• CS3D will certainly affect commercial arbitration. The Directive relies heavily on companies’ ability to control supply chain activities through commercial contracts. The inclusion of DD clauses into contracts containing an arbitration agreement may lead to disputes over these clauses’ interpretation and application. The interpretative challenges could arise from broadly formulated DD clauses, the third parties and their actions outside of the company’s direct contractual relationship, and the assessment of damages.

 

ESG & Force Majeure

Pascale Accaoui Lorfing addressed the relationship between ESG and force majeure (FM) clauses, advising how to draft clauses combining ESG and FM.

Firstly, the distinction between FM as a civil law concept and other concepts, such as hardship, frustration of purpose, physical impossibility, and commercial impracticability is fundamental.

After that, she underlined three potential relations between ESG issues and FM clauses:

  • FM clauses with general definitions followed by a list of FM events, including ESG-related issues.
  • FM clauses with a limited list of FM events but stating that other events could be included.
  • FM clauses excluding climate-related issues.

In light of these considerations, she advised on drafting future clauses that combine ESG and FM. Drafting FM clauses related to ESG issues, parties should be aware of whether they wish to have defined criteria, either alone or in addition to a list of events, and whether these listed events, once occurring, are presumed to be FM events or whether they need to be proved (e.g., the 2020 ICC Force Majeure Model Clause). Concerning the obligations of the parties, careful attention should be paid to the notification and the contract’s fate depending on the severity of the impossibility to perform (temporary, partial, or definite).

 

Procedural Challenges for Counsel and Arbitrators Facing ESG Clauses and Green Arbitrations

Patrick Thieffry provided an insider view on the main challenges for counsels and arbitrators facing ESG clauses and green arbitration.

Since the 2019 Report of the ICC Taskforce on Arbitration of Climate Change-related Disputes, new types of legal situations and an increasing number of traditional commercial disputes have become likely to have ESG aspects.

The potentially greatest challenge for arbitrators is the characterization of ESG-related substantive rules as international public policy. Considering ESG rules as overriding mandatory rules (lois de police) or as fundamental ‘values’ could result in applying a different law than that otherwise applicable or rejecting a foreign law that would have otherwise applied, or an award that would have applied such law. The lawmakers’ intent regarding the mandatory character of such rules may be decisive. Similarly to cases involving corruption or money laundering. Arbitrators in such disputes would encounter dilemmas regarding to what steps to take.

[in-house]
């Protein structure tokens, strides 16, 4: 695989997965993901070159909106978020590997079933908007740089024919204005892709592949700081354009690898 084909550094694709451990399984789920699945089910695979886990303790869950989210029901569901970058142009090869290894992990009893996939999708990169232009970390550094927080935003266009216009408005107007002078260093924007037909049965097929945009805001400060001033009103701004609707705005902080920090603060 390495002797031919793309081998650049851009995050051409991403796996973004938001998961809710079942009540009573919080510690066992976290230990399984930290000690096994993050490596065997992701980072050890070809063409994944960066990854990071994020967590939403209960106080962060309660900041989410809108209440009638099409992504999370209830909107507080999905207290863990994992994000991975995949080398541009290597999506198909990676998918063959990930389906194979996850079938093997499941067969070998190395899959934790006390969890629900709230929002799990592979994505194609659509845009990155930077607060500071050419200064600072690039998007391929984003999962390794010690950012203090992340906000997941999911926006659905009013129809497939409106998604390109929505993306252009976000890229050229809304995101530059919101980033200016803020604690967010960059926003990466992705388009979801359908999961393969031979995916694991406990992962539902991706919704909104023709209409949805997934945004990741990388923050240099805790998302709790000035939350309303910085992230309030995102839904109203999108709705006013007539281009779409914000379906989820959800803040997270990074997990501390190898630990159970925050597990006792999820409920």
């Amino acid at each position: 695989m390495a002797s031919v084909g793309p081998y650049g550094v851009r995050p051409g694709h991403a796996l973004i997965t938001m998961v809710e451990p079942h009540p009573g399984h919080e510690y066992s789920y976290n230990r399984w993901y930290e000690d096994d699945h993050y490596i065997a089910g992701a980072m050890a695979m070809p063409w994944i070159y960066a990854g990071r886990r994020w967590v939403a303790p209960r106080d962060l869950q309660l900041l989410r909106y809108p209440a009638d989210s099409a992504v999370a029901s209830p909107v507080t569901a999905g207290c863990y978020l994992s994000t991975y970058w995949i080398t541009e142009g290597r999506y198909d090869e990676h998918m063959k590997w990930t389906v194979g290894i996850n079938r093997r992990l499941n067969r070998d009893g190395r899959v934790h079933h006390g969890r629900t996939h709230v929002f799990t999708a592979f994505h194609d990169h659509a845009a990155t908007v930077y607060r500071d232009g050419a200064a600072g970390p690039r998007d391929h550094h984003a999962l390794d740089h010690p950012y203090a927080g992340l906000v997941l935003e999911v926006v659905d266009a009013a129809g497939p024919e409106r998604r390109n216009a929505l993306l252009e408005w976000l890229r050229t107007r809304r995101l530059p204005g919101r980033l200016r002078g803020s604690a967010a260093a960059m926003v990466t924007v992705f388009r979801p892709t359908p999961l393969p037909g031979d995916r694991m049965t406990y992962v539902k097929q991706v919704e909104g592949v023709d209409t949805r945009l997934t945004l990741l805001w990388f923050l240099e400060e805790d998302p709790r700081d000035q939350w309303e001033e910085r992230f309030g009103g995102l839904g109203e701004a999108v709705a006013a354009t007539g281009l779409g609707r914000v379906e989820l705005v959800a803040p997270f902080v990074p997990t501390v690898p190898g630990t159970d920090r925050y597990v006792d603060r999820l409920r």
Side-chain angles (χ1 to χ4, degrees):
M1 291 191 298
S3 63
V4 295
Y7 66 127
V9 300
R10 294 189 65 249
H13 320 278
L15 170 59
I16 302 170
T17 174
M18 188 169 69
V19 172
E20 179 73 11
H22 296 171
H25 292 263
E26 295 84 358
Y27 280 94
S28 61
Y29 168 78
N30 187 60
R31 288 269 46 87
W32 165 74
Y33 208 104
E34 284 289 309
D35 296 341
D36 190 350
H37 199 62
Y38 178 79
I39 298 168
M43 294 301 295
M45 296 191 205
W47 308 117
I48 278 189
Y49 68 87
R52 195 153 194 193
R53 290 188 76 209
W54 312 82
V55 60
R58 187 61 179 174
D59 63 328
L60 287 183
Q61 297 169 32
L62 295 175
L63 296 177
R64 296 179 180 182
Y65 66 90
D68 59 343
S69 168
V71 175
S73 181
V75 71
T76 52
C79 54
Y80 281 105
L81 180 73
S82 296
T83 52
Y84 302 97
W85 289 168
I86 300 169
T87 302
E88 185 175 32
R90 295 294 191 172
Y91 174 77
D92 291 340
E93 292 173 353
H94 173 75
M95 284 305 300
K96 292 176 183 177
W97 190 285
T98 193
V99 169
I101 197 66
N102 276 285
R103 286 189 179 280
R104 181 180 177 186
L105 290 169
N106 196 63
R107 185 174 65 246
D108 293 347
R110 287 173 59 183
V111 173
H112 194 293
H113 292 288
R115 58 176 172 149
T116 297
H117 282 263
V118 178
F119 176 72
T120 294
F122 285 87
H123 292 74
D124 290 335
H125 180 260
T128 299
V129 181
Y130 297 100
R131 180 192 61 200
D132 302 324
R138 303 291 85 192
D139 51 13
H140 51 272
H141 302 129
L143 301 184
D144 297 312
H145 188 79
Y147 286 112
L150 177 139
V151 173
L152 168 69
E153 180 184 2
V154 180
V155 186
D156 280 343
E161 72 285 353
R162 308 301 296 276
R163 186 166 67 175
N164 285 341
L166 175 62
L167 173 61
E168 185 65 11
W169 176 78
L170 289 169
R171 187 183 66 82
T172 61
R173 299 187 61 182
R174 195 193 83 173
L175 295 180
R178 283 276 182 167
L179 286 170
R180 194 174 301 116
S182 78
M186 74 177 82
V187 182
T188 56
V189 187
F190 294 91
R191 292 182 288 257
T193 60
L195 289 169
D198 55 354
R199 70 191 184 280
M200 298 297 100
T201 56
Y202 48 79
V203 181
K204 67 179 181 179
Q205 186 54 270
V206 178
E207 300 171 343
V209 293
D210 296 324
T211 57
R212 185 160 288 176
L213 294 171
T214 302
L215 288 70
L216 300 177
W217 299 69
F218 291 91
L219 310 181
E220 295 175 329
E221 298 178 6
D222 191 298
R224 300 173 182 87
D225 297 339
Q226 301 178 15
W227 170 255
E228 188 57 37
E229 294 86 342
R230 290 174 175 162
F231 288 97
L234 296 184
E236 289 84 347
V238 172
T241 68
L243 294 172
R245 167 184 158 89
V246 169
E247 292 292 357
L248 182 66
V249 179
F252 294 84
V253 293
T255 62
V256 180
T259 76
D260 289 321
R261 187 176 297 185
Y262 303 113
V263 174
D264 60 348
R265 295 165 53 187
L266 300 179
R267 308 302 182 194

Arbitration offers an alternative ‘non-state forum’ for companies considering extending arbitration offers to potentially affected parties with ESG-related claims, rather than facing burdensome multi-jurisdictional litigation, but also maintaining a sufficient level of perceived social acceptability.

Ongoing reforms (revised ICSID Rules, UNCITRAL’s Working Group III), offer future perspectives: mechanisms to dispose of manifestly unfounded claims early or require claimants to pay litigation costs; measures to enhance transparency through third-party information disclosure and to allow increased participation, as by incorporating amicus curiae in arbitration rules, allowing the formal involvement of affected persons as parties enabling mass arbitrations like in Abaclat v. Argentina, or pursuant to the Bangladesh Accord post-Rana Plaza catastrophe.

Finally, Thieffry was asked to shed light on the notion of ‘environment-friendly arbitrator,’ emphasizing the importance of upholding arbitral duties and procedural efficiency. Arbitrators should not decide the dispute on the basis of what is best for the environment, as this would be inconsistent with judicial duties. Arbitrators with expertise in Environmental Law may not exert such significant influence as may be expected on the tribunal and they may even raise suspicion of bias, depending on the circumstances. Finally, arbitrators aiming to limit the arbitral proceedings’ environmental footprint (e.g., Green Pledge), should not compromise proceeding’s fairness and equality. Considering the adverse impact of information technologies’ intensive use, the problem of ascertaining proceeding’s footprint still remains.

 

Conclusion

The seminar underlined the impact of climate change and ESG issues on business, commercial contracts, and investments, with implications for international arbitration. The number and types of arbitrations will increase, addressing problems such as legitimate expectations and interpretation of ESG clauses. Arbitrators would face new difficulties and duties.

The question remains: will climate change only create new issues within arbitration, or will it change the climate of arbitration?